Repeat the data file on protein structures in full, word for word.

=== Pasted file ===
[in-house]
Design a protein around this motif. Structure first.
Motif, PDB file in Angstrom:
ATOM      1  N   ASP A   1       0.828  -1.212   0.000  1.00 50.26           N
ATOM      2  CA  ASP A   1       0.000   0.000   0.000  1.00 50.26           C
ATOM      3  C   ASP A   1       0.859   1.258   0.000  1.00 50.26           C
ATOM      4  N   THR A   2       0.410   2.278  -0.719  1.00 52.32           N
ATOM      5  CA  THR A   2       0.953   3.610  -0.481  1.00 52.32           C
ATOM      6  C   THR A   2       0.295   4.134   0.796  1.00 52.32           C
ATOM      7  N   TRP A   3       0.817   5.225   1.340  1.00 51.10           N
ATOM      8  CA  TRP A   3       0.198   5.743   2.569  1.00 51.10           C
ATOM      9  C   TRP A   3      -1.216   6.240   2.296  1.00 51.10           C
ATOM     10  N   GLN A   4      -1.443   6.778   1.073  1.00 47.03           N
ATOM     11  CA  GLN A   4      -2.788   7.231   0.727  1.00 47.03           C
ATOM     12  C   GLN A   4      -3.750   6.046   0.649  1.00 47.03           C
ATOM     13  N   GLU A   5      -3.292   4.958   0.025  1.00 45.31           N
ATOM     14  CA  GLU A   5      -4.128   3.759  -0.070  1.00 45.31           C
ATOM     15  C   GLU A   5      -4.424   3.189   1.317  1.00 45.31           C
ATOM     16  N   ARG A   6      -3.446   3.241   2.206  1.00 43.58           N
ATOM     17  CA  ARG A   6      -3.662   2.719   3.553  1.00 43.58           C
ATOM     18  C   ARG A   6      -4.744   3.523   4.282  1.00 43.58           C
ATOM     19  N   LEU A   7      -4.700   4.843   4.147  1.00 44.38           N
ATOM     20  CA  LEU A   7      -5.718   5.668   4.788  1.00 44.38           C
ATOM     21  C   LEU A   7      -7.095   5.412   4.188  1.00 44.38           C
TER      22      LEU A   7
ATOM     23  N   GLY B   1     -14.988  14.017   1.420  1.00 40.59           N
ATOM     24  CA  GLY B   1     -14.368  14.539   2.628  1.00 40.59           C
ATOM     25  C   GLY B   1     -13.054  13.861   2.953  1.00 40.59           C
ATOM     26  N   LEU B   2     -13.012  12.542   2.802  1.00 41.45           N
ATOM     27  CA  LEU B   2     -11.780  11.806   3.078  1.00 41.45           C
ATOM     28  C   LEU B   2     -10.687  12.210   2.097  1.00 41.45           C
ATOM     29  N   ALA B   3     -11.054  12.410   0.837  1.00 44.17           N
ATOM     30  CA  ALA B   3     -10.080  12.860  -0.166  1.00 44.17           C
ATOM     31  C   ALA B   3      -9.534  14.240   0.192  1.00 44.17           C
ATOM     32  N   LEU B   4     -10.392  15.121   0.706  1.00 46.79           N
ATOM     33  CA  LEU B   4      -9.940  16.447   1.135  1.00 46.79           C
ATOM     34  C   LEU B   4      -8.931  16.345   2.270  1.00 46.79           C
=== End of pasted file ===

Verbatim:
[in-house]
Design a protein around this motif. Structure first.
Motif, PDB file in Angstrom:
ATOM      1  N   ASP A   1       0.828  -1.212   0.000  1.00 50.26           N
ATOM      2  CA  ASP A   1       0.000   0.000   0.000  1.00 50.26           C
ATOM      3  C   ASP A   1       0.859   1.258   0.000  1.00 50.26           C
ATOM      4  N   THR A   2       0.410   2.278  -0.719  1.00 52.32           N
ATOM      5  CA  THR A   2       0.953   3.610  -0.481  1.00 52.32           C
ATOM      6  C   THR A   2       0.295   4.134   0.796  1.00 52.32           C
ATOM      7  N   TRP A   3       0.817   5.225   1.340  1.00 51.10           N
ATOM      8  CA  TRP A   3       0.198   5.743   2.569  1.00 51.10           C
ATOM      9  C   TRP A   3      -1.216   6.240   2.296  1.00 51.10           C
ATOM     10  N   GLN A   4      -1.443   6.778   1.073  1.00 47.03           N
ATOM     11  CA  GLN A   4      -2.788   7.231   0.727  1.00 47.03           C
ATOM     12  C   GLN A   4      -3.750   6.046   0.649  1.00 47.03           C
ATOM     13  N   GLU A   5      -3.292   4.958   0.025  1.00 45.31           N
ATOM     14  CA  GLU A   5      -4.128   3.759  -0.070  1.00 45.31           C
ATOM     15  C   GLU A   5      -4.424   3.189   1.317  1.00 45.31           C
ATOM     16  N   ARG A   6      -3.446   3.241   2.206  1.00 43.58           N
ATOM     17  CA  ARG A   6      -3.662   2.719   3.553  1.00 43.58           C
ATOM     18  C   ARG A   6      -4.744   3.523   4.282  1.00 43.58           C
ATOM     19  N   LEU A   7      -4.700   4.843   4.147  1.00 44.38           N
ATOM     20  CA  LEU A   7      -5.718   5.668   4.788  1.00 44.38           C
ATOM     21  C   LEU A   7      -7.095   5.412   4.188  1.00 44.38           C
TER      22      LEU A   7
ATOM     23  N   GLY B   1     -14.988  14.017   1.420  1.00 40.59           N
ATOM     24  CA  GLY B   1     -14.368  14.539   2.628  1.00 40.59           C
ATOM     25  C   GLY B   1     -13.054  13.861   2.953  1.00 40.59           C
ATOM     26  N   LEU B   2     -13.012  12.542   2.802  1.00 41.45           N
ATOM     27  CA  LEU B   2     -11.780  11.806   3.078  1.00 41.45           C
ATOM     28  C   LEU B   2     -10.687  12.210   2.097  1.00 41.45           C
ATOM     29  N   ALA B   3     -11.054  12.410   0.837  1.00 44.17           N
ATOM     30  CA  ALA B   3     -10.080  12.860  -0.166  1.00 44.17           C
ATOM     31  C   ALA B   3      -9.534  14.240   0.192  1.00 44.17           C
ATOM     32  N   LEU B   4     -10.392  15.121   0.706  1.00 46.79           N
ATOM     33  CA  LEU B   4      -9.940  16.447   1.135  1.00 46.79           C
ATOM     34  C   LEU B   4      -8.931  16.345   2.270  1.00 46.79           C